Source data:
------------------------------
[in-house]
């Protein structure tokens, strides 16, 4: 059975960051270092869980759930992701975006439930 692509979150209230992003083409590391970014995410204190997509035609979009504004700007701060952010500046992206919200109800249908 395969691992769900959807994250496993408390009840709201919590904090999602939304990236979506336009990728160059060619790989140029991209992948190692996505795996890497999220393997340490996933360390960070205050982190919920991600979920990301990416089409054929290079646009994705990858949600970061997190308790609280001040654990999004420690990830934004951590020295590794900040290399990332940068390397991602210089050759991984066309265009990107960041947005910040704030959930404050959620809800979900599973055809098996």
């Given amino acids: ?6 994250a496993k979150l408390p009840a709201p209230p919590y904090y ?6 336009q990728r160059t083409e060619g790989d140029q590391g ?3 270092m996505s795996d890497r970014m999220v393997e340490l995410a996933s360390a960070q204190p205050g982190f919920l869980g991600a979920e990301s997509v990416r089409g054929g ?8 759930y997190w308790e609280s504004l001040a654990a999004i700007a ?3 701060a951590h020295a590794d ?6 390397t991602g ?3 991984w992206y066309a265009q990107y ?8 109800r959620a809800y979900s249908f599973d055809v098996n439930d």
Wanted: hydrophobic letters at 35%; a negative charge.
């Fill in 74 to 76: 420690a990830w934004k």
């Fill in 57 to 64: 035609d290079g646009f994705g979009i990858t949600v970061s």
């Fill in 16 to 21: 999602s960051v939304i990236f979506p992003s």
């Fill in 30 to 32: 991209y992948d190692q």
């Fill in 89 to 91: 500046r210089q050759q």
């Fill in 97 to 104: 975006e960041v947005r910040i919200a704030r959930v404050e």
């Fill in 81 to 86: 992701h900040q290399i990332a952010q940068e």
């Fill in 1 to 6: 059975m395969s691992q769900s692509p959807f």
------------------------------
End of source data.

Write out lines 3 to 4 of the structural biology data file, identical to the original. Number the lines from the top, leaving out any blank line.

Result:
């Given amino acids: ?6 994250a496993k979150l408390p009840a709201p209230p919590y904090y ?6 336009q990728r160059t083409e060619g790989d140029q590391g ?3 270092m996505s795996d890497r970014m999220v393997e340490l995410a996933s360390a960070q204190p205050g982190f919920l869980g991600a979920e990301s997509v990416r089409g054929g ?8 759930y997190w308790e609280s504004l001040a654990a999004i700007a ?3 701060a951590h020295a590794d ?6 390397t991602g ?3 991984w992206y066309a265009q990107y ?8 109800r959620a809800y979900s249908f599973d055809v098996n439930d």
Wanted: hydrophobic letters at 35%; a negative charge.